I suppose we might get some of the answers from the York trial.

      One thing that’s not obvious to me is how this will help the rural communities. It might make things a bit cheaper for the likes of Gigaclear of course, but they tend to target clusters of relatively affluent households.

    5. Ignition says:

      Indeed Steve, however the key point I’m making is that they have the funds, they are making a choice to be risk averse.

      TalkTalk don’t have the funds. Vodafone are having their on-off relationship with Liberty Global so doesn’t make sense for them. Sky have exactly zero reason beyond that they want others to do the work, build the networks, and take on the risk.

  2. Bob says:

    Whilst the report is somwhat vague it does seem to indicate that Openreach will be split from the main BT Group of companies and the only real way of doing that is to set up BT Openreach as a wholly owned subsidiary of the BT Group. This should not be that difficult to do as at least in theory BT Openreach operates as an arms length company

  3. MikeW says:

    Good to see the focus they give on “A strategic shift to large-scale fibre deployment”.

    The main way to achieve this looks like PIA++

    “we want to see one or more new providers enter the market, competing head-to-head with BT and existing network operators such as Virgin Media. ”

    It certainly looks like a message to Sky, TT (or someone new) to seriously up their game, and start deploying fibre. Is PIA++ really going to be attractive to someone like Sky or TT? Something to assuage their inability to make the York trial cost-effective?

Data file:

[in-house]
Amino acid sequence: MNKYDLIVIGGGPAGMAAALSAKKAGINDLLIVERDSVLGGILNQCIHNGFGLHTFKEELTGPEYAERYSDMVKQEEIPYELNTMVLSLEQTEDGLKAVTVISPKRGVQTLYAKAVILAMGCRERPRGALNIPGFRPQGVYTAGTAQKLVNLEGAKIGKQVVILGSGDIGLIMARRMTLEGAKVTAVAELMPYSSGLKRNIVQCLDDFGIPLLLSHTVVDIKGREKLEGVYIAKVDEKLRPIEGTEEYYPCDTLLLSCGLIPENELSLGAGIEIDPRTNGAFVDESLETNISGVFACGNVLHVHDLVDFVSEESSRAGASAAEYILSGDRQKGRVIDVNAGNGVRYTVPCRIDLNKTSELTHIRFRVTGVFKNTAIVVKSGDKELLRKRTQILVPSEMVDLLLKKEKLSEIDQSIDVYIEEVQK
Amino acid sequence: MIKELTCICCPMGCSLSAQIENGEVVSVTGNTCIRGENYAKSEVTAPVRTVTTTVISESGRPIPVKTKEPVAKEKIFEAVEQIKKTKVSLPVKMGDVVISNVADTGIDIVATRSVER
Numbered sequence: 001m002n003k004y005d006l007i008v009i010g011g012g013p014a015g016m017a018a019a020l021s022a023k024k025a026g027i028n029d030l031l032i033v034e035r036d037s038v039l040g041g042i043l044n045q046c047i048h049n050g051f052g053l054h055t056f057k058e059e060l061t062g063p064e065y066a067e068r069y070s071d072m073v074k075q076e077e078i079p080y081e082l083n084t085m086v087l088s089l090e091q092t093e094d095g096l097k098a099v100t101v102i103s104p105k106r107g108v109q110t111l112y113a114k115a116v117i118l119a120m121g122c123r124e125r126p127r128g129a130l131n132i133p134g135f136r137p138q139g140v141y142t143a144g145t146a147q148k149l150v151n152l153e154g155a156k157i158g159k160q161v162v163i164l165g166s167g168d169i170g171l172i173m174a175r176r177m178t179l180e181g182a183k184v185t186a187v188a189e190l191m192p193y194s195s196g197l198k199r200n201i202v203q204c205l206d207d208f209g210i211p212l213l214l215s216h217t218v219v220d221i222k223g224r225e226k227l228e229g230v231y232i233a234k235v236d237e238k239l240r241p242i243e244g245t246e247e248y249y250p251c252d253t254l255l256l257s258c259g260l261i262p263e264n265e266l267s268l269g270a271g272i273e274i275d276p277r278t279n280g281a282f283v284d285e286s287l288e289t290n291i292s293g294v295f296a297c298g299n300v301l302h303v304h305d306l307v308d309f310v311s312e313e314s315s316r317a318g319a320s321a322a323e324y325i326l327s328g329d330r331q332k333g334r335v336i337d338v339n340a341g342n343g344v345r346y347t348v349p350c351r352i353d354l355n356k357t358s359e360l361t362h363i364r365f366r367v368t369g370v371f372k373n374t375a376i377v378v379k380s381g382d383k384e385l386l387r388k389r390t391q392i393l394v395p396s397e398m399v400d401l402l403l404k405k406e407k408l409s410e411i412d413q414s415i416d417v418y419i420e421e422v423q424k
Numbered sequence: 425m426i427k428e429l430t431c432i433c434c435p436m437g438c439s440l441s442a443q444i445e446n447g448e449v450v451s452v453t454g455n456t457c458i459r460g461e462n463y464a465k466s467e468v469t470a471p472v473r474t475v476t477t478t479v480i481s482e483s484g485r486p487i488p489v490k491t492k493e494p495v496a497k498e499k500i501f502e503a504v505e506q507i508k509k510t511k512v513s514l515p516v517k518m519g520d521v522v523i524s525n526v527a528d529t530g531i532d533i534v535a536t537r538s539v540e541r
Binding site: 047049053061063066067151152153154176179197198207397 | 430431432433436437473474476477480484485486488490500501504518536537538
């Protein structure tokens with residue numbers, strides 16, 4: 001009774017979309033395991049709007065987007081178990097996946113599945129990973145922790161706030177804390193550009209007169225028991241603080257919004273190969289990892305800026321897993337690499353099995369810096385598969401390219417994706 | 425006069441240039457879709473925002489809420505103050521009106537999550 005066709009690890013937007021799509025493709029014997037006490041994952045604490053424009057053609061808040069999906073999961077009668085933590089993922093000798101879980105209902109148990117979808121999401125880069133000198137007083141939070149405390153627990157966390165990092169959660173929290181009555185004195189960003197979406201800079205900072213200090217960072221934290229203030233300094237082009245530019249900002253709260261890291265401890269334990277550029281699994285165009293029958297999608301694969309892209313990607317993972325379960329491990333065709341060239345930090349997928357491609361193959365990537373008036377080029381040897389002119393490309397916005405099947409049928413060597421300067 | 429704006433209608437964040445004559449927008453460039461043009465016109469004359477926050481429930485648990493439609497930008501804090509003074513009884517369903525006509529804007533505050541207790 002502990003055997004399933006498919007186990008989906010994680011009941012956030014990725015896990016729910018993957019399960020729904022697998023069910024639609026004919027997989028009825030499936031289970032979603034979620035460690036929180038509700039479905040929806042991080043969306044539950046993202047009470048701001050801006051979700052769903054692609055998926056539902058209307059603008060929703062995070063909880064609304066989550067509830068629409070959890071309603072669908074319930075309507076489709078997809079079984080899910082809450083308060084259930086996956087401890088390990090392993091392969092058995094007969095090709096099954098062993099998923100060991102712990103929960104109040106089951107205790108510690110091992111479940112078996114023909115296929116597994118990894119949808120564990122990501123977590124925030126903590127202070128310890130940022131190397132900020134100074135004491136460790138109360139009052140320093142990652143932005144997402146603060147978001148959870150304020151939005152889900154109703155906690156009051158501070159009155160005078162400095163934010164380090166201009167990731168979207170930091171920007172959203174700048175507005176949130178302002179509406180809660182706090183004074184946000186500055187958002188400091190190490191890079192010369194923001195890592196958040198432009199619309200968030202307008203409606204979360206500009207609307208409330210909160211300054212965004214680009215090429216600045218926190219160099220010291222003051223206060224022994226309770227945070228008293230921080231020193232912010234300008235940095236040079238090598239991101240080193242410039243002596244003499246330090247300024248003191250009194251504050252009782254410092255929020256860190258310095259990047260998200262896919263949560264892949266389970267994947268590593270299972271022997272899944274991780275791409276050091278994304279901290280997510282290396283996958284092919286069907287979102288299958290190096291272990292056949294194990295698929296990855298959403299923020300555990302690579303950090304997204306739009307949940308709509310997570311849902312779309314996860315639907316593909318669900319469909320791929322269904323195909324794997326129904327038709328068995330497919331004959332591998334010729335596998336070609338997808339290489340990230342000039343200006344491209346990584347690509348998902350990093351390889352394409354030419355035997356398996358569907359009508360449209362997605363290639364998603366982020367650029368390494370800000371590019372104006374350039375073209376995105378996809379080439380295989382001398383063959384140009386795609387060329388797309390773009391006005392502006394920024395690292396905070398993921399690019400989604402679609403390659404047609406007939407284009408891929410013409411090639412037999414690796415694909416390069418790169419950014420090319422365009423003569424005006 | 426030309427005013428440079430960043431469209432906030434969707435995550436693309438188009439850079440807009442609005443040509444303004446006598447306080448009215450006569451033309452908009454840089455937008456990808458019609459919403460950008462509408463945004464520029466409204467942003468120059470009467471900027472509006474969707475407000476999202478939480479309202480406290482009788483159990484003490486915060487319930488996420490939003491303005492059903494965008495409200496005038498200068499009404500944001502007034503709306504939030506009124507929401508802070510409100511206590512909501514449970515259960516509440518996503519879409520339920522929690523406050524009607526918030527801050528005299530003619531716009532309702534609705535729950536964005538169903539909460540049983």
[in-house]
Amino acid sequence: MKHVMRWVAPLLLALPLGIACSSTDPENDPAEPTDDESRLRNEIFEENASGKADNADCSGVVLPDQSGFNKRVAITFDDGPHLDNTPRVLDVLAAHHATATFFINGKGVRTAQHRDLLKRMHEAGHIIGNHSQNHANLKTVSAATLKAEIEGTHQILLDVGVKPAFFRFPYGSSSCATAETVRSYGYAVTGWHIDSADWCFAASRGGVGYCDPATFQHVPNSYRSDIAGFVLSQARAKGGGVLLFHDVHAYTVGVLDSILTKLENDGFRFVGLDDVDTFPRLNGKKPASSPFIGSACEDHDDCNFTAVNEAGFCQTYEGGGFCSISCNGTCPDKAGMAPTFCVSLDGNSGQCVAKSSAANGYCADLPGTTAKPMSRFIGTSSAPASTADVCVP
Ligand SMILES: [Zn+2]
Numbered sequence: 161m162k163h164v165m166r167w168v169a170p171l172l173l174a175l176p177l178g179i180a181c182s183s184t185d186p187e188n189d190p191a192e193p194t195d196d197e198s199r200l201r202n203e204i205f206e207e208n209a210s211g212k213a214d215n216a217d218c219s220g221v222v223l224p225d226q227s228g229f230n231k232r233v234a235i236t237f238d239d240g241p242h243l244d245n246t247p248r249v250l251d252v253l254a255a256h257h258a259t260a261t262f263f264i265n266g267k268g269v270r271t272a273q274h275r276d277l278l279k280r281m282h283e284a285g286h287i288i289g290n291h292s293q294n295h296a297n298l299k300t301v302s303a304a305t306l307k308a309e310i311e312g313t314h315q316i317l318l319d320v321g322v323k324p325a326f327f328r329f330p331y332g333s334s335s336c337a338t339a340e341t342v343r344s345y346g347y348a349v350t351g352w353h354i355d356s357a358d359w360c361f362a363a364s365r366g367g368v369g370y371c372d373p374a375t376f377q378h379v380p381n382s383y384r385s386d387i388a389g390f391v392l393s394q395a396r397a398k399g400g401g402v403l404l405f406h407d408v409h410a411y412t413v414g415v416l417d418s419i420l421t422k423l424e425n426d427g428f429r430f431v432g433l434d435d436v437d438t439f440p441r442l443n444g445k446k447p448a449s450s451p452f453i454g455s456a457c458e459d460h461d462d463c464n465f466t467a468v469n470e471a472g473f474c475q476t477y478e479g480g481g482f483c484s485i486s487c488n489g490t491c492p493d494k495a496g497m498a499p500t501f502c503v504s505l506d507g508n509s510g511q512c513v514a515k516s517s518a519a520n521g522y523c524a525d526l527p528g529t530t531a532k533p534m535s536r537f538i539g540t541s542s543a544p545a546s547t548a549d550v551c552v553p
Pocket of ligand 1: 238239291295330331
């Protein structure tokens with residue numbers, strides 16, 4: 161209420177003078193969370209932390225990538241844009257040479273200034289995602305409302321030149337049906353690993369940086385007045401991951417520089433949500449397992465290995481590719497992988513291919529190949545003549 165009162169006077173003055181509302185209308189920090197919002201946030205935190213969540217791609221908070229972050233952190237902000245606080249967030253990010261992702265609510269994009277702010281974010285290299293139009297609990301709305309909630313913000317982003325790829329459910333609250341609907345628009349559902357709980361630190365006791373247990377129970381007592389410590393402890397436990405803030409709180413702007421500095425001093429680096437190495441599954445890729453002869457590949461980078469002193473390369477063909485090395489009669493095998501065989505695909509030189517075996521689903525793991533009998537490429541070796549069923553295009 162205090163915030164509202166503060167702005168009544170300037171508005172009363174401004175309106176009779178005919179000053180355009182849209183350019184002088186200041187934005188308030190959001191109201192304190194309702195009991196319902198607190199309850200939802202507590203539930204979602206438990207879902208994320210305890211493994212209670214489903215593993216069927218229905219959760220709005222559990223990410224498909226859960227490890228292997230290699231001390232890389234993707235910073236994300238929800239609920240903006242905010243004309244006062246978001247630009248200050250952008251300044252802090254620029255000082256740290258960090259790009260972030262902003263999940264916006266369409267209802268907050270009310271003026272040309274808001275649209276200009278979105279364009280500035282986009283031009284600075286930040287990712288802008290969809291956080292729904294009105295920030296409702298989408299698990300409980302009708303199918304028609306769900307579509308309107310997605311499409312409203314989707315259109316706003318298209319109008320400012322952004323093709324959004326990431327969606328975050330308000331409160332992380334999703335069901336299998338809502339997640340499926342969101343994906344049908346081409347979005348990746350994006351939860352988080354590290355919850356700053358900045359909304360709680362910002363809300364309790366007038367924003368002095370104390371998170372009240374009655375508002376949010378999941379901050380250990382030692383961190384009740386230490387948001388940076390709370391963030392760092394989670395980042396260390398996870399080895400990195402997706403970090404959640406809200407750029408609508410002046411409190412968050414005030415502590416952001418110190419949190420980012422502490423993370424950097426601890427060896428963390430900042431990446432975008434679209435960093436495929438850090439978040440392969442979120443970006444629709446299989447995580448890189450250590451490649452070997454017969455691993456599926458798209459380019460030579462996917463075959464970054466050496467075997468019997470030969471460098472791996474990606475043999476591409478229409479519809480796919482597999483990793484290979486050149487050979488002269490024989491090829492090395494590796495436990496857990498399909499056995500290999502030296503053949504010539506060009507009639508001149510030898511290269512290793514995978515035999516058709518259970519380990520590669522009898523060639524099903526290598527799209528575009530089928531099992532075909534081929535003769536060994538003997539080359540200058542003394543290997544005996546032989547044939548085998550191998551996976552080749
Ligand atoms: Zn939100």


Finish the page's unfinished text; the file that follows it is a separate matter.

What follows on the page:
There is interesting language to act as a carrot too. “We will make it easier for telecoms providers to invest in advanced, competing infrastructure, while protecting those who have already made investments.” I wonder what protection that means?

    There is a twist on the expected stick: mention of BT wholesaling “active access” in uncompetitive areas, followed by a mention of removing regulation where things work. Could this make for the removal of requirements for BT wholesaling access where there is a third network?

    1. Bob says:

      At the moment BT priced PIA so high it was not viable

    2. TheManStan says:

      Is it high though, maybe more along the lines of both leasing and having to field a new engineering workforce/contractor base isn’t “seen” as viable in the short term?

      Initially costs are high and all the businesses in the market are so short term with their goals!

      The arrangement works in France, but all the ISPs have their own networks so have a decent last mile workforce in place… TalkTalk and Sky don’t have a last mile workforce, so have they been risk averse instead…

      It certainly seems so from their language, i.e. split off the OR and we’ll invest in the network, rather than let us have access cheaper and we’ll build our own.

    3. Steve Jones says:


      The expensive bit is all about the same sort of stuff which makes it expensive for OR to install fibre. The whole thing about surveys, clearing blockages, streetworks, chambers for aggregation points and so on. That stuff is highly unpredictable until the survey is done. Of course what OR might do is just provide the alternative network builders with the plans and let them do all the engineering work (presumably with some NICC agreed standards). That’s quite a big ask.

      I can see some network operators using this to install their own dark fibre to their own aggregation points though (especially if OR have recently cleared out all the ducts for FTTC/FTTP). That way it avoids a lot of rectification work. I’m less convinced that they will want the job of extending across the last mile of the network though.

      In any event, installing networks is a long term commitment with an extended payback period, whoever does it. It will be the money men that decide.

    4. TheManStan says: